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New Zealand Self drive Holidays

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On The Road

To drive in New Zealand you must have a full license printed in English. You can obtain an International Drivers License from your home country if your current license is not already in English. You must carry your license with you whenever you are driving and while you’re at it, you must always wear your seat belt!

To drive in New Zealand you must have a full license printed in English. You can obtain an International Drivers License from your home country if your current license is not already in English. You must carry your license with you whenever you are driving and while you’re at it, you must always wear your seat belt! In New Zealand we drive on the left hand side of the road and give way to left turning traffic. A red light means stop and stop you must! To our American friends, no turning on the red please. Wait until you see green. Drink driving is a huge no-no here and if you are caught over the limit, you will lose your license and have your name printed in the paper for public shaming!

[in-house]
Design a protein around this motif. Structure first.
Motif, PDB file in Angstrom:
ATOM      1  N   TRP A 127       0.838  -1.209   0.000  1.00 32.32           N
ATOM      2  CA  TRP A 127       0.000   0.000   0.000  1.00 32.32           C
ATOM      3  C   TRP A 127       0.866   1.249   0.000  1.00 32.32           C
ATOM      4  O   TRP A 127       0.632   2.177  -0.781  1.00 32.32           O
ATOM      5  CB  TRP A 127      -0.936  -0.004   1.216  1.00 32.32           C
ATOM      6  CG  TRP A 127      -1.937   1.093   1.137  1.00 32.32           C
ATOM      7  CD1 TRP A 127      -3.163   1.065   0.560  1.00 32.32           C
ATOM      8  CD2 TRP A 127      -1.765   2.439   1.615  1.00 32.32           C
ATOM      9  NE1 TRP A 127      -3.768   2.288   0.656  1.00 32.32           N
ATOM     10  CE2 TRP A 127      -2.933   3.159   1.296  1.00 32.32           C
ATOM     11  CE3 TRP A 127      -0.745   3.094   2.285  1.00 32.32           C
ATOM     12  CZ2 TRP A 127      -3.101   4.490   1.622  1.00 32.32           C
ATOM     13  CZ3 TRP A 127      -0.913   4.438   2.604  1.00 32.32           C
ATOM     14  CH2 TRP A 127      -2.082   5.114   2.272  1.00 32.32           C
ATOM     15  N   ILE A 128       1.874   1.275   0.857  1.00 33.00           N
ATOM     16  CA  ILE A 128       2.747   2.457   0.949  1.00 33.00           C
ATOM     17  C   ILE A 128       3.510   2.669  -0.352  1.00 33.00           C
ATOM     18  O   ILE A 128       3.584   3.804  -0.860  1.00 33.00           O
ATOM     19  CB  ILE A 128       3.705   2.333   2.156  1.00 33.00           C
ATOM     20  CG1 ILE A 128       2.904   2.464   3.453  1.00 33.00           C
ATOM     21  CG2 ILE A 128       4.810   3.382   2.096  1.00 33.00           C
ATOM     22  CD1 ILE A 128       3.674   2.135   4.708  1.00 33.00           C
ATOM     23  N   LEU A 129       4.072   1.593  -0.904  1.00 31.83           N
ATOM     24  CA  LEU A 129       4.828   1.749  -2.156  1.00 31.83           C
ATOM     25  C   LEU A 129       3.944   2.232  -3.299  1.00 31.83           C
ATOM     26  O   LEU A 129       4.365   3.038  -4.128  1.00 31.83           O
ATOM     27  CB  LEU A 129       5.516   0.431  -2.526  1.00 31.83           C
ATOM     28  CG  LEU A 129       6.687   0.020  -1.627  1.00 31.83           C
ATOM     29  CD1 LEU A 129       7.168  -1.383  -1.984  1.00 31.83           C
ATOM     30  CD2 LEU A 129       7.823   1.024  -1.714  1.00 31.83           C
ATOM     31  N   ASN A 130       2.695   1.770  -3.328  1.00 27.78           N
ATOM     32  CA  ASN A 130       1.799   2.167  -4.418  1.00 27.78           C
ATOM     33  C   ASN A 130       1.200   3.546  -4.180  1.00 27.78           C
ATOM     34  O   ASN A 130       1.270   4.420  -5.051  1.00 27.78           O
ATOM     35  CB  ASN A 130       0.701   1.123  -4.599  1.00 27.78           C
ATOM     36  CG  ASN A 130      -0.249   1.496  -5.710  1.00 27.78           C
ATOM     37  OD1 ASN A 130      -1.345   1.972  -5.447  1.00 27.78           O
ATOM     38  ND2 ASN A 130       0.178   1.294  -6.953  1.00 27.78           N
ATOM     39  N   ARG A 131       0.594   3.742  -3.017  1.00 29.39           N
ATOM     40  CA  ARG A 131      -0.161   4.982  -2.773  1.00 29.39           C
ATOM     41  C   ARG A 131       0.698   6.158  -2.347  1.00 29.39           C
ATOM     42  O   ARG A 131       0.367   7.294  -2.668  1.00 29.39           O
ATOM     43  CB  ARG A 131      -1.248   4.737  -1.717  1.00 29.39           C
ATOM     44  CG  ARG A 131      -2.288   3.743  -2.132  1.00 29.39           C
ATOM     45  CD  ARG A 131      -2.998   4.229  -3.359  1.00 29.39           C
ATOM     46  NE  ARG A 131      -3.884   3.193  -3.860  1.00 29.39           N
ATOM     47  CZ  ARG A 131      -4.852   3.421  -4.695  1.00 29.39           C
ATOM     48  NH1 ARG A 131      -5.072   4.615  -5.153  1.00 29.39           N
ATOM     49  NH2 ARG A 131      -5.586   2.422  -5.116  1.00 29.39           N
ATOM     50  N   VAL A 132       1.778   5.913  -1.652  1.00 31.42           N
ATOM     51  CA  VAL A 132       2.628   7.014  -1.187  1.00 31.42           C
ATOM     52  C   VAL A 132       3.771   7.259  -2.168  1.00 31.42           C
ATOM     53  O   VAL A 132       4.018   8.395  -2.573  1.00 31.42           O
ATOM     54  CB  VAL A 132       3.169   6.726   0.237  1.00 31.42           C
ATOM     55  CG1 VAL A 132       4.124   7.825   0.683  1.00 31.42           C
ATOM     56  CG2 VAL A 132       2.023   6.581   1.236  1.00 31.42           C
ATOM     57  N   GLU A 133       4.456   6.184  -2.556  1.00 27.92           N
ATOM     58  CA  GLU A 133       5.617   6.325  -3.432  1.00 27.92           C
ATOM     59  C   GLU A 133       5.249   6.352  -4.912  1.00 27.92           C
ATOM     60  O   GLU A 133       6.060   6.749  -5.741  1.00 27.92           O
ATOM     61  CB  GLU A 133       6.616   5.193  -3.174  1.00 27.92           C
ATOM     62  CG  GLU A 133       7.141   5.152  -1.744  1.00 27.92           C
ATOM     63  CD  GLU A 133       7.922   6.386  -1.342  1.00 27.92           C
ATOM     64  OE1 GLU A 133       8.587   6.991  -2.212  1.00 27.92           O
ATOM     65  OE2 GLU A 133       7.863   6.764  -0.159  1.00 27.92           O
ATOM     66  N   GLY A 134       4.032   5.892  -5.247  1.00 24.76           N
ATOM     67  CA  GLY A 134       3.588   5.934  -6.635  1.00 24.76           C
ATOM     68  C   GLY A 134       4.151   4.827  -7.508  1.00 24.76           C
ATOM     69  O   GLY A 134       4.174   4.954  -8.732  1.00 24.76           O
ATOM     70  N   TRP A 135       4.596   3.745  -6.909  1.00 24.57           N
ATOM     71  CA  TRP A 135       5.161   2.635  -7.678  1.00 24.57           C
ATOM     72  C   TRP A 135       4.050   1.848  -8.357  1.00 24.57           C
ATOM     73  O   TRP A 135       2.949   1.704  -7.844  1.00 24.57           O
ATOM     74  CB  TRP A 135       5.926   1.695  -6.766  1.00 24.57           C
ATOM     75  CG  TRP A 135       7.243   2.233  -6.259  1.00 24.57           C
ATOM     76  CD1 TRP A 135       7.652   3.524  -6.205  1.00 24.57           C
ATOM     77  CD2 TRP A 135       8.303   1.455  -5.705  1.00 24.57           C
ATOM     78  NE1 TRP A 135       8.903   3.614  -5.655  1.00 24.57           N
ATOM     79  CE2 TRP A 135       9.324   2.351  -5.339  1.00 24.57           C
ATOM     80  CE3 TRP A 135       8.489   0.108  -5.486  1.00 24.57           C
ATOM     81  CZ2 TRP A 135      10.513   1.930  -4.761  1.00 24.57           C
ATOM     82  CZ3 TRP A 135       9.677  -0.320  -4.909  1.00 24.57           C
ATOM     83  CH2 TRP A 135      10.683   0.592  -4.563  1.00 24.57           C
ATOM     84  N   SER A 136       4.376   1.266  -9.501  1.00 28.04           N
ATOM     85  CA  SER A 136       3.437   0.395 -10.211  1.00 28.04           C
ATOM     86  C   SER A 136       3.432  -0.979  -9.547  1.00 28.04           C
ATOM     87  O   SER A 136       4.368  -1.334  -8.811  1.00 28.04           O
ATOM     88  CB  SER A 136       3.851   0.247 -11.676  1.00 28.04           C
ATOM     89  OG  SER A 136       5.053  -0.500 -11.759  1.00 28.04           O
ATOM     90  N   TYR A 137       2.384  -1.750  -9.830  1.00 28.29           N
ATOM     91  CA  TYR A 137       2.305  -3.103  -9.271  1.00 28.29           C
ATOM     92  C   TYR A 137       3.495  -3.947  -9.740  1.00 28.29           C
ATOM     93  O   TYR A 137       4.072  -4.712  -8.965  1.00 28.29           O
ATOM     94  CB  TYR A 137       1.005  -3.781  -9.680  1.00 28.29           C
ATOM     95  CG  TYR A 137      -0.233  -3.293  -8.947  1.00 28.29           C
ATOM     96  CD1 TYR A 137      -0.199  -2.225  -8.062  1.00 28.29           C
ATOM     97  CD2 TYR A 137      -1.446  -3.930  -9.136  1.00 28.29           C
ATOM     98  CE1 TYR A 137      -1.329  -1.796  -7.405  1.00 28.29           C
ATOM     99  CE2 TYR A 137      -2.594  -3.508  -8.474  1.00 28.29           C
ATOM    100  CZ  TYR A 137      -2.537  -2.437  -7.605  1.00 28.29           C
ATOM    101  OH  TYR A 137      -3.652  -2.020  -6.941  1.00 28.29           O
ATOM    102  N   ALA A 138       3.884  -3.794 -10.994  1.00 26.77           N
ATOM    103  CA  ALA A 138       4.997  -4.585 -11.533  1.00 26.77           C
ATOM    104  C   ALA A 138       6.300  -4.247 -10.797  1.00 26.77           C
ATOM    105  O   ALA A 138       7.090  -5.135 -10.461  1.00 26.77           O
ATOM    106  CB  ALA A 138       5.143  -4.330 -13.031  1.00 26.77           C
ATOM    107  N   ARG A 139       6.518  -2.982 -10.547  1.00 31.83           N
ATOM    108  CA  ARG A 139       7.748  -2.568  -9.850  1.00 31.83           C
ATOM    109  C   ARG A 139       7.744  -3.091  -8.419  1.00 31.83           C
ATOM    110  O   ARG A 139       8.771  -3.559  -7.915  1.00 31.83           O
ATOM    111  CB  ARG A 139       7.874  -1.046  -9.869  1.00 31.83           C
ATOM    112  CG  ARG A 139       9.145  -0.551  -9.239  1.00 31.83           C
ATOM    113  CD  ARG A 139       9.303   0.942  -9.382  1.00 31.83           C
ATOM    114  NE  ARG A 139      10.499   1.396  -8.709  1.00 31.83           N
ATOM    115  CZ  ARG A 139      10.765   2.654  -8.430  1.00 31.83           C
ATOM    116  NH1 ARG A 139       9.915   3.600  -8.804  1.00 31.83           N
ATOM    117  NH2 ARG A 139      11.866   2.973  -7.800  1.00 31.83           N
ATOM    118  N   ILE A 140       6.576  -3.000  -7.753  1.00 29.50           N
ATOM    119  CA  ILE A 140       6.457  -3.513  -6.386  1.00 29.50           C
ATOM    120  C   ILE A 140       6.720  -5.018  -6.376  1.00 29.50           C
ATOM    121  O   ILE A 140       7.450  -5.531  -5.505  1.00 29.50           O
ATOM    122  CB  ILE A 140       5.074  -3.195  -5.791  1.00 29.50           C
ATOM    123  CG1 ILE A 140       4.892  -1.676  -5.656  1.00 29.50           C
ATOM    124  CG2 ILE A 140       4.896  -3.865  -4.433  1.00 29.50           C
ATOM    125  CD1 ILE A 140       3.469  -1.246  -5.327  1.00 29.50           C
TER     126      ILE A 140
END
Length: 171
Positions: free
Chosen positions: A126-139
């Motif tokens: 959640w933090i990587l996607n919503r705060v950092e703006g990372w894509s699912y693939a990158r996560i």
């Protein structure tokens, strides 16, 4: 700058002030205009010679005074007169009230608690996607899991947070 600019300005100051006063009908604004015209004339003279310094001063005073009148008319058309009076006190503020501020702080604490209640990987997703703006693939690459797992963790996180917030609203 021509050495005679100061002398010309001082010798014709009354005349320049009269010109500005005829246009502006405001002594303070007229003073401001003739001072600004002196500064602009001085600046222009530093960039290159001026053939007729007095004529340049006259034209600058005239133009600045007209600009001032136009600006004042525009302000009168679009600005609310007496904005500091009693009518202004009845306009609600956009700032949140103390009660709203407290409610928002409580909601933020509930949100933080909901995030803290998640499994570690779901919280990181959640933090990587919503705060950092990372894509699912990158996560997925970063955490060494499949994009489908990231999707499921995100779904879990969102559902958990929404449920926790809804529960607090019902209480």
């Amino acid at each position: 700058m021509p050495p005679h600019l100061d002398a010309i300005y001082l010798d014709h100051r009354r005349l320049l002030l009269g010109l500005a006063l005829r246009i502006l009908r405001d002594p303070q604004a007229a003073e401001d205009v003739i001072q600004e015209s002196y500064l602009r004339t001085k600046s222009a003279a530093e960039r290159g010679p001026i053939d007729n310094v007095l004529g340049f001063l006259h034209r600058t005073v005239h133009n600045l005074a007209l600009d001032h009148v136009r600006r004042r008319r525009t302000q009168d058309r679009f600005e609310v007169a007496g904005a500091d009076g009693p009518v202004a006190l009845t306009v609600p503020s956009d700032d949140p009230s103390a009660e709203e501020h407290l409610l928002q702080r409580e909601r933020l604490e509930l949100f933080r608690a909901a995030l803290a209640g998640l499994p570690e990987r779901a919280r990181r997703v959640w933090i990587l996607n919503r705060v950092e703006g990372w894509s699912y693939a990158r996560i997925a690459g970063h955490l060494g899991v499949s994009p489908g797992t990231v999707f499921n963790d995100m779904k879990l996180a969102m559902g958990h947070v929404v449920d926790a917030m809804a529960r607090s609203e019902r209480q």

New Zealand has an extensive road system which covers the whole country. Our State Highways are very well maintained, numbered and signposted. Outside of the major cities, all our highways have one single going in each direction. On the main routes you will be provided with many passing lanes and it is advisable to wait for these when passing other vehicles. The maximum speed limit in cities and towns is generally 50 kilometres per hour and on highways it increases to 100 kilometres per hour. If you are caught speeding, the fines are considerable! Chances are you’re going to so caught up looking at the beautiful scenery that you’ll find a queue of vehicles behind you. Please always pull over to let them pass. They’ll give you a toot to show their appreciation.

If travelling around the South Island or the Tongariro region of the North Island in winter, it is advisable to carry chains in case it snows. Please always check that the roads are open before setting out, particularly if you are crossing the Southern Alps.